Prosecutors are intensifying their investigation into bribery allegations involving opposition politicians and a college, though a Seoul court has rejected the prosecution’s proposal that arrest warrants be issued for two incumbent lawmakers.
The prosecution recently summoned Jeon Hyun-hee, a former lawmaker of the main opposition New Politics Alliance for Democracy, to question her about the suspicion that several lawmakers took kickbacks from Seoul Arts College.
While Jeon is not an investigation target, the prosecution is focusing on the allegation that Jeon ― along with two other NPAD lawmakers ― had cozy relations with SAC chairman Kim Min-seong.
The prosecution alleges that the college chairman offered bribes to Reps. Sin Geh-ryeun and Shin Hak-yong of the main opposition party in return for omitting the term “vocational” from the Korean name of Seoul Arts College.
Appearing at Seoul Central District Prosecutors’ Office, Jeon reportedly told investigators that she was not aware of the charges.
Prosecutors have continued to argue that investigators “have already secured a statement from SAC chairman Kim, who has said the school handed over money to some opposition lawmakers.”
Rep. Kim Jae-yun of the NPAD has been charged with receiving kickbacks worth 15 million won ($14,700). Rep. Sin Geh-ryeun is suspected of taking 50 million won in bribes from Seoul Arts College, and Rep. Shin Hak-yong was also reportedly involved in the alleged bribery.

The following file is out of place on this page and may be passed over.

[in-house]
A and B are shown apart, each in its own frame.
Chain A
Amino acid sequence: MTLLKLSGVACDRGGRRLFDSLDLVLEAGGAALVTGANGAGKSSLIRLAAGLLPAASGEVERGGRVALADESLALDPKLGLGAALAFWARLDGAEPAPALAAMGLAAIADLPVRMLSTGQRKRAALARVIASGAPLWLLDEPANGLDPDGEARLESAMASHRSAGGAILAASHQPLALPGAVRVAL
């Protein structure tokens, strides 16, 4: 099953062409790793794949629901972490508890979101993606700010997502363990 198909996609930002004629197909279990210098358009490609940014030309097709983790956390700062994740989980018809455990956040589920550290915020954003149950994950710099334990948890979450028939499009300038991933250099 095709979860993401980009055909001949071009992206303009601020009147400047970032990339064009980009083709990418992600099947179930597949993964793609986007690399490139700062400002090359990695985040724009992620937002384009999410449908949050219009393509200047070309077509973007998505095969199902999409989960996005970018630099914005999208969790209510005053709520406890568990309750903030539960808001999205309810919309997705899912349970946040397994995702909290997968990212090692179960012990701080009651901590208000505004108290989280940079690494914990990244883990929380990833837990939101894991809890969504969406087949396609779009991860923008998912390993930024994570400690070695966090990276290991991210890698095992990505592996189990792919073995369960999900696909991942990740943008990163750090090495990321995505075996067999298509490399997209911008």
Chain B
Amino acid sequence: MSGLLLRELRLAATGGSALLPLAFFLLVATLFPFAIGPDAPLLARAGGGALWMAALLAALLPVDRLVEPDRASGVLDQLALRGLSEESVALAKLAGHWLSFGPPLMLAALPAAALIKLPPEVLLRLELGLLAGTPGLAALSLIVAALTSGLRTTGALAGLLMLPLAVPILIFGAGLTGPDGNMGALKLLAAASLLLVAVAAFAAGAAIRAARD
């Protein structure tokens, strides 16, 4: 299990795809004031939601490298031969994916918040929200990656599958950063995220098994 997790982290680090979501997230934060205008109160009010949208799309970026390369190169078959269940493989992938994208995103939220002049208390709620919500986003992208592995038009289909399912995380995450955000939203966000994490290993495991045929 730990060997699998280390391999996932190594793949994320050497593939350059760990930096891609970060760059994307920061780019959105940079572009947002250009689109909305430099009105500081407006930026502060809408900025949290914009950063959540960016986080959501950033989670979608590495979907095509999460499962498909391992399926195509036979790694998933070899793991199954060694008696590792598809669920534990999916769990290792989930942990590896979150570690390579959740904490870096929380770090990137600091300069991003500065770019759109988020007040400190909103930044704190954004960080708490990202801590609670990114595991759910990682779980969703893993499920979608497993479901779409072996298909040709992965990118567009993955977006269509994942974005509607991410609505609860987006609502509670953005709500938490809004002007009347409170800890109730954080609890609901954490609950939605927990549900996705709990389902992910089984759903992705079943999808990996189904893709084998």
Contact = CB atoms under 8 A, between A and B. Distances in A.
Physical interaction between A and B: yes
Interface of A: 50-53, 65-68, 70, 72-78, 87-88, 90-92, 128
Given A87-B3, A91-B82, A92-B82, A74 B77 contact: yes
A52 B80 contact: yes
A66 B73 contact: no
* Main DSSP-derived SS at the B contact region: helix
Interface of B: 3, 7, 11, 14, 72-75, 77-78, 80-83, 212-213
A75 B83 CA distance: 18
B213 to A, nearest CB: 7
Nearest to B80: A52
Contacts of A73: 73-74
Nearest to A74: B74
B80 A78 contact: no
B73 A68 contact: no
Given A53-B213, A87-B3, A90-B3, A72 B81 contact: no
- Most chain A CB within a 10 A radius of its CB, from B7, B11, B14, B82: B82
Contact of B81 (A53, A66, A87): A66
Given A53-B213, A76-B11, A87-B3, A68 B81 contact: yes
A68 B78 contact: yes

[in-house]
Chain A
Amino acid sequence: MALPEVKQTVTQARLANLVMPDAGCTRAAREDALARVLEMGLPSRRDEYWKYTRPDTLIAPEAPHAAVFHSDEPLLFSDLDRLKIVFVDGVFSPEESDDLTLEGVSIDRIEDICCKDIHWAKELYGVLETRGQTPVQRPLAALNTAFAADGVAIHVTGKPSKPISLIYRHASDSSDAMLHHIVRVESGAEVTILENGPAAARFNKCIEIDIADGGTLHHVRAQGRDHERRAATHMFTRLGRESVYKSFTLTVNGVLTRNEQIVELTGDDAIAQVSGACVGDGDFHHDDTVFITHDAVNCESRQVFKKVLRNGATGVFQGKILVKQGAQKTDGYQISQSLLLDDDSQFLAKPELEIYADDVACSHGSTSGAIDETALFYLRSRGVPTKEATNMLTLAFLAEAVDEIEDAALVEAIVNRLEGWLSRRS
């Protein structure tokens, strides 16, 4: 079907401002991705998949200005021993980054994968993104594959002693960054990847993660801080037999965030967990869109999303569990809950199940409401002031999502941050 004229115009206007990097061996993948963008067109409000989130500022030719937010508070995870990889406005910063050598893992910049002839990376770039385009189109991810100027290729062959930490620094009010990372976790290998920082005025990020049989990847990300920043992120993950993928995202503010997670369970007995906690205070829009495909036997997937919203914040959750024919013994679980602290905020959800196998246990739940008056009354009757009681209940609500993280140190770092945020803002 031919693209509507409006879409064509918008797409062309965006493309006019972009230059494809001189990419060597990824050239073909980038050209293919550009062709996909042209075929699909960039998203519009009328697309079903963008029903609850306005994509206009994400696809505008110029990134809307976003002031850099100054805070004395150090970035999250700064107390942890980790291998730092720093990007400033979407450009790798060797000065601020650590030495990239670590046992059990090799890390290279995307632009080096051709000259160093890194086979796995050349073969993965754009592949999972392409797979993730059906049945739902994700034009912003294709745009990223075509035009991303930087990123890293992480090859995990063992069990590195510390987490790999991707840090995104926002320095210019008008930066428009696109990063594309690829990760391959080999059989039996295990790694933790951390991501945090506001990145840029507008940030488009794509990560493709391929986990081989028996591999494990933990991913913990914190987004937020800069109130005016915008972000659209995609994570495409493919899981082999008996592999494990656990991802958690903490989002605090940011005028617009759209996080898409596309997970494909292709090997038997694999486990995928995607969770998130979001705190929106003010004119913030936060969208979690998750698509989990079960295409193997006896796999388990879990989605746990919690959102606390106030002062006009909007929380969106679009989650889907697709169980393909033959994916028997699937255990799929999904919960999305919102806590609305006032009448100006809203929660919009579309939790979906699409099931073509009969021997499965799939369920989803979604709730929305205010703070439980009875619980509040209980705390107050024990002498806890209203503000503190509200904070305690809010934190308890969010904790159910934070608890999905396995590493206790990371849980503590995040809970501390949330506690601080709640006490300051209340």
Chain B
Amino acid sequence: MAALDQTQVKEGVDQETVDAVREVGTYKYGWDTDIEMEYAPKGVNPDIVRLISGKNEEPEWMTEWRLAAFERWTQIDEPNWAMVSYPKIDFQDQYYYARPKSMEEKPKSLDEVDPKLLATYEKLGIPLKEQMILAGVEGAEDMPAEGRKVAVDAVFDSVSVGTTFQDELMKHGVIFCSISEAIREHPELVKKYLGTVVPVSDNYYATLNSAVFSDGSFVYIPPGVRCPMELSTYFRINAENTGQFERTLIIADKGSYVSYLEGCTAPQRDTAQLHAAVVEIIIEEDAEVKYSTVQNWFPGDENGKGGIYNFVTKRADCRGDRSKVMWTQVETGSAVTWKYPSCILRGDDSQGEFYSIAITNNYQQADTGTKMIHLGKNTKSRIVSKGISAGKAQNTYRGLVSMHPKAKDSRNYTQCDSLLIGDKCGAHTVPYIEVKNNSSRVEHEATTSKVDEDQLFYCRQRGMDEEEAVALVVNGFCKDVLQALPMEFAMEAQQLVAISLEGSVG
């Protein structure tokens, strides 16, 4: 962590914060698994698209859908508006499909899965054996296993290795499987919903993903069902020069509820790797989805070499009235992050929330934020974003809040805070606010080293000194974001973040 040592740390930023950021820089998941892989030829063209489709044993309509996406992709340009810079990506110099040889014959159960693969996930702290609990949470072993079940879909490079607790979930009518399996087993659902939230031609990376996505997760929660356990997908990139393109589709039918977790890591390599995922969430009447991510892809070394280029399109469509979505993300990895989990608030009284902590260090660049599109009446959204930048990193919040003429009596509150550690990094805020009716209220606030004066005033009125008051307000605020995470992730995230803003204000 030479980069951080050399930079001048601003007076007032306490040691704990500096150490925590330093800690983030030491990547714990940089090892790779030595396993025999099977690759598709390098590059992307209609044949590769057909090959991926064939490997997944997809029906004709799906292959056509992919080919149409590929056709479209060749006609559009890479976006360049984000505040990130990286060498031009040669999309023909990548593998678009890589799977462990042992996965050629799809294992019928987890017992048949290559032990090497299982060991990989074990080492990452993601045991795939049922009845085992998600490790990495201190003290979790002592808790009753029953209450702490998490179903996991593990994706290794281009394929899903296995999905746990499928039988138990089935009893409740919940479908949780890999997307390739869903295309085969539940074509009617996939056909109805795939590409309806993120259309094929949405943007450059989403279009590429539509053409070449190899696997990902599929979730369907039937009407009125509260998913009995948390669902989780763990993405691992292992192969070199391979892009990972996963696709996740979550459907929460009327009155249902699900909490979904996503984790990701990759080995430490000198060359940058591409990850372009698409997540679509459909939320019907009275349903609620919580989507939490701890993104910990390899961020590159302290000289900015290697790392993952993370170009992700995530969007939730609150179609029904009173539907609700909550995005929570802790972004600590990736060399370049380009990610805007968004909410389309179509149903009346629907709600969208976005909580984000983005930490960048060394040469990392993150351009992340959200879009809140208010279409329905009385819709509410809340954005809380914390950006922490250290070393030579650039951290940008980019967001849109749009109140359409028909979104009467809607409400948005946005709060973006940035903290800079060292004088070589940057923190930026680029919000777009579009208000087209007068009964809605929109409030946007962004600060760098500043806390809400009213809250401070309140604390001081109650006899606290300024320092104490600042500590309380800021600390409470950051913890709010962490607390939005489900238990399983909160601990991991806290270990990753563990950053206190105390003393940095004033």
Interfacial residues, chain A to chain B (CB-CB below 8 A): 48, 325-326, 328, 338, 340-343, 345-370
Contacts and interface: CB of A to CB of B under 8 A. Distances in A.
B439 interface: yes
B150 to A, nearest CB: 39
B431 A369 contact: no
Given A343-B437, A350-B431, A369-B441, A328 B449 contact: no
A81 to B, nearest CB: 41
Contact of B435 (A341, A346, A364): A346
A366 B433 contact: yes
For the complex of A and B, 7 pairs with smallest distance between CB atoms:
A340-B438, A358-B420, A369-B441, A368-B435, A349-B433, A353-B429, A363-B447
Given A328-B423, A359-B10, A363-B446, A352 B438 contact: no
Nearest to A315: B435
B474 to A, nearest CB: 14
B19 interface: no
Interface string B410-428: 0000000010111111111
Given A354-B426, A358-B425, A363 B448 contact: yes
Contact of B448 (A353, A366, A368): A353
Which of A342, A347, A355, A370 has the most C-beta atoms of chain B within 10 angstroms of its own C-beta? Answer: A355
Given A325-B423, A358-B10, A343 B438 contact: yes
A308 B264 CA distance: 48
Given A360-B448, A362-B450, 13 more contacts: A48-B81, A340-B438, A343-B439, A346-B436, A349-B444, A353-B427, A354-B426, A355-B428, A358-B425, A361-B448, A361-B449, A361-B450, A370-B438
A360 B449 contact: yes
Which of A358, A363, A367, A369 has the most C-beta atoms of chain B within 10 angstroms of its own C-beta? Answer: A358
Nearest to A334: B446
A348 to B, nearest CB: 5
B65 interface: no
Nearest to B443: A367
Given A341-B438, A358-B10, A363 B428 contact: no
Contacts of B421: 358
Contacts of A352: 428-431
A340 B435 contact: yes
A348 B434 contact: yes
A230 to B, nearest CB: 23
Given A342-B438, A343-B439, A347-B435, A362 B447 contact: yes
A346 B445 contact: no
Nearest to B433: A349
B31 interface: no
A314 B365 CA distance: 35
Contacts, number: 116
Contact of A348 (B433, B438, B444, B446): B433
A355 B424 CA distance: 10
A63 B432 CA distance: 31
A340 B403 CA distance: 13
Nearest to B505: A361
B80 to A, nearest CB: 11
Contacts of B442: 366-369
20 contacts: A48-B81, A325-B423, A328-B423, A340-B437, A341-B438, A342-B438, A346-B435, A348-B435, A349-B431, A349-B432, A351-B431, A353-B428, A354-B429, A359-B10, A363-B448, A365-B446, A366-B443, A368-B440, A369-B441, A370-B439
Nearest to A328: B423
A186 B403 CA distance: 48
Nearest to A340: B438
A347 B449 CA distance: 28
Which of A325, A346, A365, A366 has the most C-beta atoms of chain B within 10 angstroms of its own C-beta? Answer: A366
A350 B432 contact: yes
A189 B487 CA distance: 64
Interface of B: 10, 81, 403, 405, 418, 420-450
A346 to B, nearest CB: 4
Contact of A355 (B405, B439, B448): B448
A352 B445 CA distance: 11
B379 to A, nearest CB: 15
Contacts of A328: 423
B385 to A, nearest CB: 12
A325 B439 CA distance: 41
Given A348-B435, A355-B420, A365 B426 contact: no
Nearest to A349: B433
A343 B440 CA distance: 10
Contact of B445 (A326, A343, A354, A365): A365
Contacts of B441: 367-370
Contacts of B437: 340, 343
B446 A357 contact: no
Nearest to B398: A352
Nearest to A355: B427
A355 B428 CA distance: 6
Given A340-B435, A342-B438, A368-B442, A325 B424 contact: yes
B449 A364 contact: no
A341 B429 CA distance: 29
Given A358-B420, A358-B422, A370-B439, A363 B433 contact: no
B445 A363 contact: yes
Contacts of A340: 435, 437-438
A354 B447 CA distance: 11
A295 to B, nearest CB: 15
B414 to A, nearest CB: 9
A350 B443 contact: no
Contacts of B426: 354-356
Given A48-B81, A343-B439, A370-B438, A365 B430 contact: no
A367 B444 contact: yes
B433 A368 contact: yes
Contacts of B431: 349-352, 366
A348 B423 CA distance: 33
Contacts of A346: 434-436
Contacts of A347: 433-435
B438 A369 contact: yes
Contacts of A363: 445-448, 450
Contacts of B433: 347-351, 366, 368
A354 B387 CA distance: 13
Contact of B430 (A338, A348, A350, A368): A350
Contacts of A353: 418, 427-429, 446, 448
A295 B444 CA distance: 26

The Seoul Central District Court, however, turned down the prosecution’s proposal to issue arrest warrants for Reps. Sin Geh-ryeun and Shin Hak-yong on Aug. 21. Only the warrant for Kim Jae-yun was issued.
But the prosecution is still considering indicting Sin and Shin without detention.
The investigative authority also appears to have not ruled out the possibility of reseeking warrants for the two lawmakers.
It seems that the prosecution may indict Kim, whose constituency is Seogwipo, Jejudo Island, as early as this week. He has gone on a hunger strike to protest having been detained by the prosecution.
In an earlier statement, Sin said that he “has not received kickbacks concerning the school name-change approval.”
Shin also said, “Though my aides were investigated by the prosecution, I have not been connected to the case.”
Some political pundits claim that the prosecution is seeking to suppress the opposition party in an alleged bid to offset the various mistakes in its manhunt for the sunken ferry Sewol owner Yoo Byung-eun, who was found dead on June 12 and buried on Aug. 31.
By Kim Yon-se (firstname.lastname@example.org